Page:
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I am searching for a guideline on how to name the assemblies with the numbers in it.

  1. For example msvcp100.dll or msvcp90.dll, why attach version numbers?
  2. How do they come up with these numbers? Are these applicable for .NET assemblies?
  3. Are there any solid guidelines by microsoft or someone on the naming convensions for files?

Datte.

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I can't answer any but #3. There is no guidelines for version numbers.. If you're under the illusion that they do have guidelines, just look at WinRT and .Net 4.5. They released significantly different assemblies with the same name, public key token, and version number. You have to take what they give you and hope that they stay semi-consistent. –  Earlz Oct 9 '12 at 21:03

2 Answers 2

The examples you gave with respect to msvcp are because they are major revision changes. Most likely, msvcp100's interface is not compatible with msvcp90's interface. The numbers come from the version of Visual Studio (msvcp100 for visual studio 10.0 aka VS2010, msvcp90 for visual studio 9.0 aka VS2008).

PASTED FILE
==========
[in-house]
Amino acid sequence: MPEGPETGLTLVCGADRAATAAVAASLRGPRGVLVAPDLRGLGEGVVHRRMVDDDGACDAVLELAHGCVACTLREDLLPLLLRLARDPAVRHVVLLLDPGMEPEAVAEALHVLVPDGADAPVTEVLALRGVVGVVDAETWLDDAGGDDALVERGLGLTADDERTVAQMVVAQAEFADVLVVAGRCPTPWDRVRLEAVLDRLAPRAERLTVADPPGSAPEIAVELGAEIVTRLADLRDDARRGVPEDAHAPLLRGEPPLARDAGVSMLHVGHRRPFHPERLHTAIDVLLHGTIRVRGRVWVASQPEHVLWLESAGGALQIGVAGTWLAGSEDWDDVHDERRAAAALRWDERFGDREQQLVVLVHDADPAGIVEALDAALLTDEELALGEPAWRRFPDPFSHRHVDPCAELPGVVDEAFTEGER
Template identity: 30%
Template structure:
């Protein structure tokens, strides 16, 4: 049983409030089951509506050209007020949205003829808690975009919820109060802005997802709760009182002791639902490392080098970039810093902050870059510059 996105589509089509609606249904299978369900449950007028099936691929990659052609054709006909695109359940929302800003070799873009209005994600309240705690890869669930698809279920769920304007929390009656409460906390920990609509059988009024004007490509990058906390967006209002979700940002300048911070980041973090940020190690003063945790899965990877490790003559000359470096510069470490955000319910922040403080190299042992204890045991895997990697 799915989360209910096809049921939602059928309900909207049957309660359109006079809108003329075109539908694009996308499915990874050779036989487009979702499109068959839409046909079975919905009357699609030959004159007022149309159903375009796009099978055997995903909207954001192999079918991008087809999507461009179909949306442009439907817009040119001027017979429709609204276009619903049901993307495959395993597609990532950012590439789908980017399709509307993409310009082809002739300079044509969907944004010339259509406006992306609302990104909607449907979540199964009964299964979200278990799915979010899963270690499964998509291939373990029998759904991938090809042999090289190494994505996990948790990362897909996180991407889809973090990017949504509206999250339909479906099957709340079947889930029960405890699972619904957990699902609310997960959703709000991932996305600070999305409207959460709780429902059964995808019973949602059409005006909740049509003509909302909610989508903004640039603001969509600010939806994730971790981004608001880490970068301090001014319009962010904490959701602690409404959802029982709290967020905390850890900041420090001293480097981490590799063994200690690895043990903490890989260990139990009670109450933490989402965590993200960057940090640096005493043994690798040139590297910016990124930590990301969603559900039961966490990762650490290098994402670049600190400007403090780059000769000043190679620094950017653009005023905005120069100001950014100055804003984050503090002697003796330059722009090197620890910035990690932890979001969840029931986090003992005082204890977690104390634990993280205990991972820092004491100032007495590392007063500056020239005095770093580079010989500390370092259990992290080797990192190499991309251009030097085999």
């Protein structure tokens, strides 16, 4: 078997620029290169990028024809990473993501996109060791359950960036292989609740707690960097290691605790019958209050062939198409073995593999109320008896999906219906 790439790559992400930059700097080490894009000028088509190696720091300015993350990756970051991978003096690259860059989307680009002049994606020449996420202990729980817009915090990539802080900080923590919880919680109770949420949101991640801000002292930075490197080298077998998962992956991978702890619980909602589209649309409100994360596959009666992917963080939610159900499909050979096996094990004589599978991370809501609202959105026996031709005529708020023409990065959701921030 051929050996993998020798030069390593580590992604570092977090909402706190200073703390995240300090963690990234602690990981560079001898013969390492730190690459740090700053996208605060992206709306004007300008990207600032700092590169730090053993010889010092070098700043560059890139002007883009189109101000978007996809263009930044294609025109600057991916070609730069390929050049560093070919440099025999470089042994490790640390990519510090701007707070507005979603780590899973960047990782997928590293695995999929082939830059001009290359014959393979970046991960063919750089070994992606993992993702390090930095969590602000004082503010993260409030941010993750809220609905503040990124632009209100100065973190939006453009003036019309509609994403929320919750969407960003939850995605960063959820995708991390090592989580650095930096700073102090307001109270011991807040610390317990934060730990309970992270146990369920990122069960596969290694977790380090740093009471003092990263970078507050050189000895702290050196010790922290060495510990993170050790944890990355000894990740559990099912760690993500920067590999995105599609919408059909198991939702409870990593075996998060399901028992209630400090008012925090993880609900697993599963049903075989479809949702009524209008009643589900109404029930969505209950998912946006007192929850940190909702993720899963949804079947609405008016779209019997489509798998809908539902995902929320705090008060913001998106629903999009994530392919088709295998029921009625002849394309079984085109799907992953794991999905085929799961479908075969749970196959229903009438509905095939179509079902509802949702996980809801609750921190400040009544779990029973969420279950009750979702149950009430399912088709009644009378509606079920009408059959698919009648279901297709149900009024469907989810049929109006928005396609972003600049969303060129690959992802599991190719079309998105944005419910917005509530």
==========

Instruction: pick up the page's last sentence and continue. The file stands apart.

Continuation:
The general rule is that you add a number or make some difference in the name of the dll if you're breaking the interface. In .net this would mean removing public classes/interfaces, methods, and changing between fields and properties.

It should also be mentioned that because of "dll hell" the OS will handle a lot of the problem of multiple versions of dlls for you (without the need for numbering).

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For example msvcp100.dll or msvcp90.dll, why attach version numbers?

Consumer can immideately see the version of the binary he uses.

How do they come up with these numbers? Are these applicable for .NET assemblies?

The meaning of the numbers is up to the architect, dev team. For consumer it's enough to be informed that the version X resolves desirable issue (bug), or is compatible with something else. There is not any relation with .NET world here, these are just file names, so yes you can name your .NET assemblies in the same way.

Are there any solid guidelines by microsoft or someone on the naming convensions for files?

Nor that I'm aware of.

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